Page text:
Azhar Ali Praises Of The Story Of Babar, The Break With The Series Bat > Cricket News, cricinfo, mobilecric, cricbuzz, livescore and more

Cricket news - Azhar Ali lauds Babar after breakthrough series with bat

That Babar has stamped himself a Test player is a big positive - Azhar Ali

Since Mushtaq Ahmed ran through the heart of Australia's batting order on a turning wicket at the SCG in 1995-96 to script a famous win, Pakistan have slipped from one loss after another in Tests Down Under. Unfortunately for the Asian nation, the just-concluded two-Test series in Australia didn't offer any upswings in fortunes, as they lost both matches at the Gabba and Adelaide by an innings and were clean-swept.

However, amidst the doom and gloom, Pakistan camp would be pleased that they have found a skilful batsman who looks set to serve the country for a long time to come. Babar Azam, the 25-year-old, has also already shone brightly in the limited overs formats. However, his performances in the longest format of the game have been patchy. However, Babar lived up to his burgeoning reputation in the two Tests, cracking a brilliant ton on arguably the quickest track going around in the cricketing landscape, the Gabba. And followed it up with a sublime 97 in the pink ball Test in Adelaide.

Azhar Ali, the Pakistan skipper, lauded Babar's ability to handle the likes of Josh Hazlewood, Pat Cummins and Mitchell Starc to deliver under pressure.

"He's been tremendous in white-ball cricket and in the recent past, he's been gradually building up his Test stats as well," Azhar said of Azam. "But this series definitely will be the breakthrough he wanted. We were all hopeful that he'll do it. He's a good enough player. We all know that. But sometimes if you score in tough conditions against tough bowling attacks, it gives you the extra boost and the belief that you can make even better strides in Test cricket.

"That's been a big positive now for us that Babar has stamped himself a Test player. He's been fantastic throughout the year and he's been lovely to watch and hopefully he can continue this form in the Tests that are coming."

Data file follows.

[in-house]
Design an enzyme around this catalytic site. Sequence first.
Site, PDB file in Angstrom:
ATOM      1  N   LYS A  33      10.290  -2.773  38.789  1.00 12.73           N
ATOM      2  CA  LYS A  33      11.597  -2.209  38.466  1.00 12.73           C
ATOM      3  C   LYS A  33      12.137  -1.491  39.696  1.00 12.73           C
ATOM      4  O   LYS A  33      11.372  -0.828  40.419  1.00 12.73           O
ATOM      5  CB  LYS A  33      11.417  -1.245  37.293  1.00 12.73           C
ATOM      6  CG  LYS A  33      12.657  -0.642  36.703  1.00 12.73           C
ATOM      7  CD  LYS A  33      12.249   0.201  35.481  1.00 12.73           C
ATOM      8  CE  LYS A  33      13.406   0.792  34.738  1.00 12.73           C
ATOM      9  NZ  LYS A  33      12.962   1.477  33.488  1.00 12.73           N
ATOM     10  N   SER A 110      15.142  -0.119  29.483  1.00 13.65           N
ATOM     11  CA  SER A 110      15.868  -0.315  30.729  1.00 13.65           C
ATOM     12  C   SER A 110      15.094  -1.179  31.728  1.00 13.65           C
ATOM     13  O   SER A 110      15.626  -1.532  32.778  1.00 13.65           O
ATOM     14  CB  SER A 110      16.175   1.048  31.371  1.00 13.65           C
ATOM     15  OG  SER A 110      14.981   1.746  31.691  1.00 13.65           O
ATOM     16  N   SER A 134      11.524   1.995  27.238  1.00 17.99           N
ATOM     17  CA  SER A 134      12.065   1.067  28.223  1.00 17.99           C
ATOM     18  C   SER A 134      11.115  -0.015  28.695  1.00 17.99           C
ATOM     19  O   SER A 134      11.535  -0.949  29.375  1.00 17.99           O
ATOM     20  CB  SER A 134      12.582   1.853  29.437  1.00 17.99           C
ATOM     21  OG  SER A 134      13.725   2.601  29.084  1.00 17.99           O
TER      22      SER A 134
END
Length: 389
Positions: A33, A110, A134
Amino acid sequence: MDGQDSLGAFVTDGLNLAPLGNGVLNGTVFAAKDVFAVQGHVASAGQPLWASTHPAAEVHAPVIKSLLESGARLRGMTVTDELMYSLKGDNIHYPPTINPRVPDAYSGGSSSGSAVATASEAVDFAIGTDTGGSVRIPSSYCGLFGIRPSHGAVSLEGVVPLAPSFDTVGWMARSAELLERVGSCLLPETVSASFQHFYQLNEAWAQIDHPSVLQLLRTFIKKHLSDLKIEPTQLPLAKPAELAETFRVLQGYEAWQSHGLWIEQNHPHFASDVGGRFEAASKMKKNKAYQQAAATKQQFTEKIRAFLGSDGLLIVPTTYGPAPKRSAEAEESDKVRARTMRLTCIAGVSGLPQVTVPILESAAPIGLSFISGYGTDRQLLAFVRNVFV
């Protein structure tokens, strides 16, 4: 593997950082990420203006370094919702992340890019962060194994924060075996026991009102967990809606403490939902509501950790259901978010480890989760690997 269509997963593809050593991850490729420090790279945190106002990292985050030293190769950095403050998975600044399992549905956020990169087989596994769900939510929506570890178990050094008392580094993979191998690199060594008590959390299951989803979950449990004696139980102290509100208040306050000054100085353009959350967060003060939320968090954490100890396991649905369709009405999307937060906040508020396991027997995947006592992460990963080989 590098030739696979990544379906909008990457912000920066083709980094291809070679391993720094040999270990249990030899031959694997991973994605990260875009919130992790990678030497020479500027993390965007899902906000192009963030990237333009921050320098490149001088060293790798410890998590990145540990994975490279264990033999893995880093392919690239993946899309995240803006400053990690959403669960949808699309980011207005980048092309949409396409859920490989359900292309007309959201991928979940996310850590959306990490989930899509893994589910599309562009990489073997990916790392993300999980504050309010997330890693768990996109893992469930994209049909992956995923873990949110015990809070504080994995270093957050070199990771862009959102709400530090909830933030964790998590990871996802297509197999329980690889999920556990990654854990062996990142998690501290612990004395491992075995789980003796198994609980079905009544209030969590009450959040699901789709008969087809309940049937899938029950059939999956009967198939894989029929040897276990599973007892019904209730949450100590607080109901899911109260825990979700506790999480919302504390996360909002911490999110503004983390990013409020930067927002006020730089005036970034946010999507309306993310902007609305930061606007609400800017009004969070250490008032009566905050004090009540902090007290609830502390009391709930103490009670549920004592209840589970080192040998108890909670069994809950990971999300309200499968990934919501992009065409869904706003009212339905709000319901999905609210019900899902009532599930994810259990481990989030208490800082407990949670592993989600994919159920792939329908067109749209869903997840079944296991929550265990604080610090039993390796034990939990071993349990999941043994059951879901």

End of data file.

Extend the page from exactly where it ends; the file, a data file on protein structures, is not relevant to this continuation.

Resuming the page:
Mohammad Rizwan, the wicketkeeper-batsman, who replaced Sarfaraz Ahmed, also made an impact, ending up with 177 runs in the series. Rizwan, who came into the limelight with his maiden first-class ton against Karachi Whites in the Quaid-e-Azam Trophy in 2011, also has a fine first-class record averaging over 43.

"He's been performing in first-class cricket for a few years now. And then he had a fantastic couple of 'A' tours in Dubai. And then he played against Australia in one-day cricket and scored centuries there as well," Azhar pointed out. "He's been waiting and obviously Sarfaraz [Ahmed] is another one who'd been performing really well for Pakistan. We have a very healthy competition.

"Rizwan waited for his chance and then grabbed it with both hands. The way he batted at Gabba and the way he kept wickets in both games has been fantastic. His energy is always good for the team, whenever we were down in the field, he kept us up. That's fantastic for any team. He's a team man."

Unfortunately, Pakistan's inexperienced pace attack just couldn't adapt to the different conditions on view. On Australian tracks, visiting pacers have found it difficult to succeed, especially in the last two decades. Australian pitches generally demand fast bowlers to hit around the good length or back of a length area consistently.

The young tearaways like Naseem Shah and Muhammad Musa just struggled to control. Mohammad Abbas, who was picked for the second Test, largely looked innocuous. Shaheen Afridi was the only bright spot in the pace department. The tall pacer consistently extracted seam movement in the Adelaide Test, and was the lone successful bowler in the first innings of the match. Yasir Shah, the experienced legspinner, also leaked runs.

Azhar noted that Pakistan have a young team, and stressed the importance of scheduling more 'A' tours to Australia, so that the cricketers coming through the ranks could get to play in different conditions.

"It has been a disappointing series. We didn't live up to the expectations that were based around this young team. This was the best possible team we could have picked, especially with regards to the bowling options. But you also have to see that in Australia you need a certain kind of pace attack. And in our domestic cricket, we don't have those kind of pacers. The moment you have to bowl with a Kookaburra, you need an extra element of pace.

"But we felt that these guys were in the best shape to deal with the conditions here, and that'll be the case in the future. We shouldn't get too disappointed about this and keep in mind that young bowlers like these will only play more cricket and get better. We need to show some patience.

"I think, most importantly, 'A' team tours and Under-19 tours are very important. Players who come here more often and play in these conditions will benefit from that. Last time and this time, we came here a couple of weeks before the Tests. It gives you a better idea and preparation. You have to consider that always. There won't be any condition like this in Pakistan. The surfaces are different. It's the same when Pakistan go to Dubai or Pakistan. They've played on hard surfaces and need to adapt to the slower wickets there."

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